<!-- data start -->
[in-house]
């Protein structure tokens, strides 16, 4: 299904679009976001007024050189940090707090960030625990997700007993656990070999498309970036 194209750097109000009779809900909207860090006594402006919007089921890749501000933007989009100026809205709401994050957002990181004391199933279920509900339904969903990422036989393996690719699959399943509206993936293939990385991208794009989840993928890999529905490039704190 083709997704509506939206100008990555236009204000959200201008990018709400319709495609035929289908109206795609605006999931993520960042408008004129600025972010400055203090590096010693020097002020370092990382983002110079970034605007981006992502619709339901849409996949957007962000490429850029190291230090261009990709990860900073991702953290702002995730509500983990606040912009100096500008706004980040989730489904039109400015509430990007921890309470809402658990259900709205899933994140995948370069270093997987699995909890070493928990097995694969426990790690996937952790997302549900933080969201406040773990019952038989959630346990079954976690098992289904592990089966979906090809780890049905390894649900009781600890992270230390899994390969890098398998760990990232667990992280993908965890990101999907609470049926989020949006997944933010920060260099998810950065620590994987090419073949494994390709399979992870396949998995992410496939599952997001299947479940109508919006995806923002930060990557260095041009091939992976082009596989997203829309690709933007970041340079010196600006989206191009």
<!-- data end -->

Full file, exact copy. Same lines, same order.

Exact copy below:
[in-house]
């Protein structure tokens, strides 16, 4: 299904679009976001007024050189940090707090960030625990997700007993656990070999498309970036 194209750097109000009779809900909207860090006594402006919007089921890749501000933007989009100026809205709401994050957002990181004391199933279920509900339904969903990422036989393996690719699959399943509206993936293939990385991208794009989840993928890999529905490039704190 083709997704509506939206100008990555236009204000959200201008990018709400319709495609035929289908109206795609605006999931993520960042408008004129600025972010400055203090590096010693020097002020370092990382983002110079970034605007981006992502619709339901849409996949957007962000490429850029190291230090261009990709990860900073991702953290702002995730509500983990606040912009100096500008706004980040989730489904039109400015509430990007921890309470809402658990259900709205899933994140995948370069270093997987699995909890070493928990097995694969426990790690996937952790997302549900933080969201406040773990019952038989959630346990079954976690098992289904592990089966979906090809780890049905390894649900009781600890992270230390899994390969890098398998760990990232667990992280993908965890990101999907609470049926989020949006997944933010920060260099998810950065620590994987090419073949494994390709399979992870396949998995992410496939599952997001299947479940109508919006995806923002930060990557260095041009091939992976082009596989997203829309690709933007970041340079010196600006989206191009």